To devise a scientific investigation to detect acids and bases in common materials.
In this activity, students will prepare a test solution whose color changes when an acid or a base is added; determine whether various household substances are acids or bases and look for patterns in the results; determine how their test solution compares to commercial acid-base testers; and search for other test solutions.
These activities can be a phenomenological introduction to acids and bases, an important concept for the study of chemistry. One of the properties of acids and bases is that they change the color of certain dyes. If these dyes are used to test a substance, the appearance of a particular color can be taken as an indication of the presence of an acid or base in the substance tested.
At this level, students need to become more systematic and sophisticated in conducting their investigations, some of which may last for weeks or more. That means closing in on an understanding of what constitutes a good experiment. The concept of controlling variables is straightforward, but achieving it in practice is difficult. Students can make some headway, however, by participating in enough experimental investigations (not to the exclusion, of course, of other kinds of investigations) and explicitly discussing how explanation relates to experimental design.
Have students discuss what they know about acids and bases, including giving examples of acidic and basic substances. Have the class agree on a couple of substances they believe are acidic (like vinegar or hydrochloric acid) as well as basic (like ammonia or lye). Generate a list of these substances and tell students they'll be testing some of these substances to see if they are indeed acids or bases.
Testing with Red Cabbage Juice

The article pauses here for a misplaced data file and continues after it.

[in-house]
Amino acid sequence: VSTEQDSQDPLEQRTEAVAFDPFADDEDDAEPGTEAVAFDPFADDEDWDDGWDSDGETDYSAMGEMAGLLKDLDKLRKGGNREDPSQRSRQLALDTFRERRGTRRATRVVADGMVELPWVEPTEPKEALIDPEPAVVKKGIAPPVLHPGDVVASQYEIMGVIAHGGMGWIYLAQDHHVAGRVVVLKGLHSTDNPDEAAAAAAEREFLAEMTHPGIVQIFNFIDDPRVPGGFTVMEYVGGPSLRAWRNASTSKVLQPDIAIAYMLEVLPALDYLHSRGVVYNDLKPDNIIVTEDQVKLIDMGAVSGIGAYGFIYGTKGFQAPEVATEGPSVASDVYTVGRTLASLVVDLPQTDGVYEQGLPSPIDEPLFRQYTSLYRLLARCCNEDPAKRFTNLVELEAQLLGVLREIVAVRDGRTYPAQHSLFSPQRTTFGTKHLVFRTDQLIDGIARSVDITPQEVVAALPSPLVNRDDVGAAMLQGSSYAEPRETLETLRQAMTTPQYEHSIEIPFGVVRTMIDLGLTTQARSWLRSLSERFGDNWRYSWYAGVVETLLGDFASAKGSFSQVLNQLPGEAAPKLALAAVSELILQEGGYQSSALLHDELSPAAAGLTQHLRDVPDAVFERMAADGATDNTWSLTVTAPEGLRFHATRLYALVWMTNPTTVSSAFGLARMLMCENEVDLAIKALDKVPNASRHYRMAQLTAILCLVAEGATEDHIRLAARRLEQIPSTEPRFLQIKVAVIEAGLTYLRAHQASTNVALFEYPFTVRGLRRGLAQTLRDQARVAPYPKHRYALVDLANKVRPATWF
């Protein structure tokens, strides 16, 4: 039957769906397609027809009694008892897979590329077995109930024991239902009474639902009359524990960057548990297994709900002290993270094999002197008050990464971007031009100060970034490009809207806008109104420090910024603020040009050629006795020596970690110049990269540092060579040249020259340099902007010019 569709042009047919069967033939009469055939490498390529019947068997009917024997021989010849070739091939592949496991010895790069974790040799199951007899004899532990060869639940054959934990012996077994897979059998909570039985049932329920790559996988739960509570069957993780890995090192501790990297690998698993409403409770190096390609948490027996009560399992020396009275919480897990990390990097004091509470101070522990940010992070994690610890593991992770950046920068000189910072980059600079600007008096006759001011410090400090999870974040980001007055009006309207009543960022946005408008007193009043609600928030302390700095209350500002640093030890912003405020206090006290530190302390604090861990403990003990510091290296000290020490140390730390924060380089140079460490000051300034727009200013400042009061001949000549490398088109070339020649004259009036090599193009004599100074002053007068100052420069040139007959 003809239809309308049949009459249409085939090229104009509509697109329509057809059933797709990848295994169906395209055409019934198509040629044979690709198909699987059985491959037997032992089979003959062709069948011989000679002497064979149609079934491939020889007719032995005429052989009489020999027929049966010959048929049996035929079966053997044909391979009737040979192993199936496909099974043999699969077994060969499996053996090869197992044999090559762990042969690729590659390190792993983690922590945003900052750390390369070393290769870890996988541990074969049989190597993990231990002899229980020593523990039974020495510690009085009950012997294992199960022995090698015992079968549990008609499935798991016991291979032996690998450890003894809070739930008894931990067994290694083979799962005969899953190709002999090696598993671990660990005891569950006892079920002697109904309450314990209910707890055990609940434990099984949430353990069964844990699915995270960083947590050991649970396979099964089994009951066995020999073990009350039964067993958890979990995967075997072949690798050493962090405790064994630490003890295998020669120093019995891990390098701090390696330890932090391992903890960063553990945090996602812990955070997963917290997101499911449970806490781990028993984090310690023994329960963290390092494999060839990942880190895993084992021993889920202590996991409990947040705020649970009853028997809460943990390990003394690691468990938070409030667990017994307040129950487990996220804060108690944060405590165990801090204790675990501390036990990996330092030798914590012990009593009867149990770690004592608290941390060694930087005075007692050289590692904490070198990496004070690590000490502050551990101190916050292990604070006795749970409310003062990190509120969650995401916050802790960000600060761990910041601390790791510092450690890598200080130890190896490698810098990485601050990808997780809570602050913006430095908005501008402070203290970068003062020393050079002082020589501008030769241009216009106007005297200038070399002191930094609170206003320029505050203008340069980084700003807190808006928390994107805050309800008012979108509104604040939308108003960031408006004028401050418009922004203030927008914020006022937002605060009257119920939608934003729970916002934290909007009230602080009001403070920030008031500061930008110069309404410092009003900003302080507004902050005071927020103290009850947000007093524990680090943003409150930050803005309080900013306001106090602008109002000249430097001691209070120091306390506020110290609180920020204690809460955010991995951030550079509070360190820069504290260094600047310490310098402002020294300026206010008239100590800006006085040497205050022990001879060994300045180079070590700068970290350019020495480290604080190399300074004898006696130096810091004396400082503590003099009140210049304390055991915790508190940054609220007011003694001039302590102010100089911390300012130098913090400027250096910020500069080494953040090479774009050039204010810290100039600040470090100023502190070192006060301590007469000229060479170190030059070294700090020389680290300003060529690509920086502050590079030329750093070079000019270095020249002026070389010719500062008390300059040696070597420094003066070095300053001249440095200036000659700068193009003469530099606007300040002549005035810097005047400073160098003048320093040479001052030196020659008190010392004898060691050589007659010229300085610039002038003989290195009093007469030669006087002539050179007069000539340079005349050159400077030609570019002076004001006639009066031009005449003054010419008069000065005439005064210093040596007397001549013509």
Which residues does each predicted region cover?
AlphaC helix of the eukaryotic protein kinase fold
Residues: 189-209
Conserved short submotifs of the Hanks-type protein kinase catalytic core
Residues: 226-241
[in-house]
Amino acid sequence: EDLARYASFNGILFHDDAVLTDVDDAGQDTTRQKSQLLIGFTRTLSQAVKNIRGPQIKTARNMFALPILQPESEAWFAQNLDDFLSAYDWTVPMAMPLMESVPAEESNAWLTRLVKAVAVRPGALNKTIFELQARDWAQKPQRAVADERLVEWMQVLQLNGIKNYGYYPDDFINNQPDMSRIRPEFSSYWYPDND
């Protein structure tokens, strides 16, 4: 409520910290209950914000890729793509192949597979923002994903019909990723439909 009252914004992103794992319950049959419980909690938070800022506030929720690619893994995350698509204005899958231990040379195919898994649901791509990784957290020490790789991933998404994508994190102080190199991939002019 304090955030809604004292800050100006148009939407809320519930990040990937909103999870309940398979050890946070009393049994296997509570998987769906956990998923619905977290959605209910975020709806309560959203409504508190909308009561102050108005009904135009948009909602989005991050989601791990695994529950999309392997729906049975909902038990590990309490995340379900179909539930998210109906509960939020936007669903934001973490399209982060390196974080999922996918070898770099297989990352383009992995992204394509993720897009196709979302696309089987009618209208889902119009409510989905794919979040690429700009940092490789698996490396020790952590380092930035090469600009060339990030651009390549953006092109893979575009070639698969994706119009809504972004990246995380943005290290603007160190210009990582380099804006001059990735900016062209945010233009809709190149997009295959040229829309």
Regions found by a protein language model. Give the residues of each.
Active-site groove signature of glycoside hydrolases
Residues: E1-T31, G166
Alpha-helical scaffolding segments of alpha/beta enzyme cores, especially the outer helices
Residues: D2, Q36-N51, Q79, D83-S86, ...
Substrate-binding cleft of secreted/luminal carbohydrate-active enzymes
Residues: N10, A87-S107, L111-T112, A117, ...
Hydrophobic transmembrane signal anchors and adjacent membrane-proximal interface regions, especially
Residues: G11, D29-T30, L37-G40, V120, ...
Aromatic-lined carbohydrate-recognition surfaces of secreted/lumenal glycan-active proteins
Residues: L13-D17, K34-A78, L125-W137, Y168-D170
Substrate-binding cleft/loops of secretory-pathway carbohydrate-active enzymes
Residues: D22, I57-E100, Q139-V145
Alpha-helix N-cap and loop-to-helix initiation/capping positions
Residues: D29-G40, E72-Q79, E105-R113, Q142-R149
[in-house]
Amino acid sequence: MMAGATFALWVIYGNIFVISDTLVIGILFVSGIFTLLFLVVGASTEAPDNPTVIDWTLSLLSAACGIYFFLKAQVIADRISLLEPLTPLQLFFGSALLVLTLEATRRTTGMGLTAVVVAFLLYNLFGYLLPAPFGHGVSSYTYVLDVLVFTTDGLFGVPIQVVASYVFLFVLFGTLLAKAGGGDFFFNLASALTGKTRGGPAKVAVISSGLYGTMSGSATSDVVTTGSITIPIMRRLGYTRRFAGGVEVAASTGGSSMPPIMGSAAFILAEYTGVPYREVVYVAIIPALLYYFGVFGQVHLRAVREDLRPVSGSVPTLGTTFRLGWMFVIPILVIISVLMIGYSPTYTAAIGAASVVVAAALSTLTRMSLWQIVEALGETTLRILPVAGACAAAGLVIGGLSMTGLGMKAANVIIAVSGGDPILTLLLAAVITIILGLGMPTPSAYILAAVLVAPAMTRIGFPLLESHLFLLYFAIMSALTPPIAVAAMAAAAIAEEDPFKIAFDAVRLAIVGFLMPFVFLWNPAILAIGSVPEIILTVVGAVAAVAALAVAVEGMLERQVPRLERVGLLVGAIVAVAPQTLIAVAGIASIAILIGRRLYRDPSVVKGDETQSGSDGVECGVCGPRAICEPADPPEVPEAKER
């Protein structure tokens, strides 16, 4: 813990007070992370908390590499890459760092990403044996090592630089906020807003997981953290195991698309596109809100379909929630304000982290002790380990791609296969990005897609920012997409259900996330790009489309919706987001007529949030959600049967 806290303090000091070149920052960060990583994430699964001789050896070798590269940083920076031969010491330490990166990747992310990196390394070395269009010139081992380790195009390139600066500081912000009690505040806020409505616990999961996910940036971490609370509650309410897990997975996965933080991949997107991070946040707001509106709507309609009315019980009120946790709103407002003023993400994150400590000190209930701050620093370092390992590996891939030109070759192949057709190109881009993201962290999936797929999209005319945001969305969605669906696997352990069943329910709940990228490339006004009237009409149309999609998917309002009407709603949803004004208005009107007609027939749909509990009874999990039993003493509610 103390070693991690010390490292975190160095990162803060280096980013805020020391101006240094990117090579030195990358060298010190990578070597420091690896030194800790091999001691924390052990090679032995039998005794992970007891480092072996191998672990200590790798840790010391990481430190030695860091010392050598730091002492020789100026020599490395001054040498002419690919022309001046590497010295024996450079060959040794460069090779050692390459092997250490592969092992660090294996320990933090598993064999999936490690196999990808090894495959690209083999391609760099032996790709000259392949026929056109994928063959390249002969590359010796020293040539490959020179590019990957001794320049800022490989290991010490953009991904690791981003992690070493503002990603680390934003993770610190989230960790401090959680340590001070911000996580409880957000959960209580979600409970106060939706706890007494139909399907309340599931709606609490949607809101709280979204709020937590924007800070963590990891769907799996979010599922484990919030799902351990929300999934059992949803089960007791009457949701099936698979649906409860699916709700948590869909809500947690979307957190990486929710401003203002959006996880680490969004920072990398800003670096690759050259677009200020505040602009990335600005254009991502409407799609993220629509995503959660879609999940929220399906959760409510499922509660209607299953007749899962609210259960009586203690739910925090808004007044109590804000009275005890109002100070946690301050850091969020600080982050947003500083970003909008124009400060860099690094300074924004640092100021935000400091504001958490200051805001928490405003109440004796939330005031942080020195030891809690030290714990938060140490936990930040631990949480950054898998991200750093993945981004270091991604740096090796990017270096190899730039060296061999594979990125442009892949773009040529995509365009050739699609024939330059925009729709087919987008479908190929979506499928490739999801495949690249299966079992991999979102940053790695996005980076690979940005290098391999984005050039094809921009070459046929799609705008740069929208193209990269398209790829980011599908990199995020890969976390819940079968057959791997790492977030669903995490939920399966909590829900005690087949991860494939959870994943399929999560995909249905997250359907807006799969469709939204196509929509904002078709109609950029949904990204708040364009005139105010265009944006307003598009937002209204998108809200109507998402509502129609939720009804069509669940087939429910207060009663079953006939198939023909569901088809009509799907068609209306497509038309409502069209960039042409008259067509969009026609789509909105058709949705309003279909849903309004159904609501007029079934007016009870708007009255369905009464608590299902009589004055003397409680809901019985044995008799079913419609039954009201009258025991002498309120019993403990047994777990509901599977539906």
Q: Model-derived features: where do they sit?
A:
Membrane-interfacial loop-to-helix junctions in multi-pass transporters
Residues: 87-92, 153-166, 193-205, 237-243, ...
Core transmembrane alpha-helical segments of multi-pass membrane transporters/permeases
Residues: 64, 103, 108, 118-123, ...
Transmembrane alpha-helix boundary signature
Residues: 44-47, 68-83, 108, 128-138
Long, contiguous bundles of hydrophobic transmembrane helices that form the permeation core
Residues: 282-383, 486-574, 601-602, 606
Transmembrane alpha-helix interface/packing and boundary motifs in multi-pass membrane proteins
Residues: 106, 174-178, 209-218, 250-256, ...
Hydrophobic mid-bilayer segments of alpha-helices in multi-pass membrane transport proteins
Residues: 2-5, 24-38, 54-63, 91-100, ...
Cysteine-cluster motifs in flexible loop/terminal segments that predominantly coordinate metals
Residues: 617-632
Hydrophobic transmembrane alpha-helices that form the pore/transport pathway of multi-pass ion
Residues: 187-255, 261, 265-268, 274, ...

This part of the lesson introduces students to the phenomena in a guided manner, using the substances identified by students as acids or bases in the Motivation section. Have students work in cooperative groups to run color tests in small containers with white interiors (like small paper cups). Have them follow the procedure below.
- Add one tablespoon (15 ml) of cabbage juice to each of two cups. Describe the color of the juice.
- Keep one of the cups as a control (don't add anything to it). To the other cup, add a few drops of liquid acid or base or about one-eighth teaspoon of solid acid or base.
- Swirl to mix the test solution and acid or base. Immediately observe the color and describe it. (The solutions will be in the red range with added acid, and in the green to blue range with added base. The colors in base are particularly "fragile" and change from one hue to another in a few minutes.)
Questions to ask:
- If the cabbage juice is diluted with water, are the results the same? Are the colors easier or harder to distinguish and describe?
- What are the results if a more concentrated juice is made and tested?
After students have discussed their results, they can read an explanation of what is happening at Lose the Indicator Blues!, found on the WonderNet website.
Where are the acids and bases in your household?
Give students cabbage juice and have them test products from their homes. Students should consider a range of things from the kitchen, bathroom, and laundry. What can be tested is limited only by the need to use substances that are not too highly colored, since the colors may interfere with the tests. An example would be soft drinks; clear or lightly colored ones can be tested, but very dark colas probably won't give interpretable colors. In addition to just testing a lot of household substances, students could investigate whether solids mixed or ground with a small amount of water before testing give a different result than the solid alone.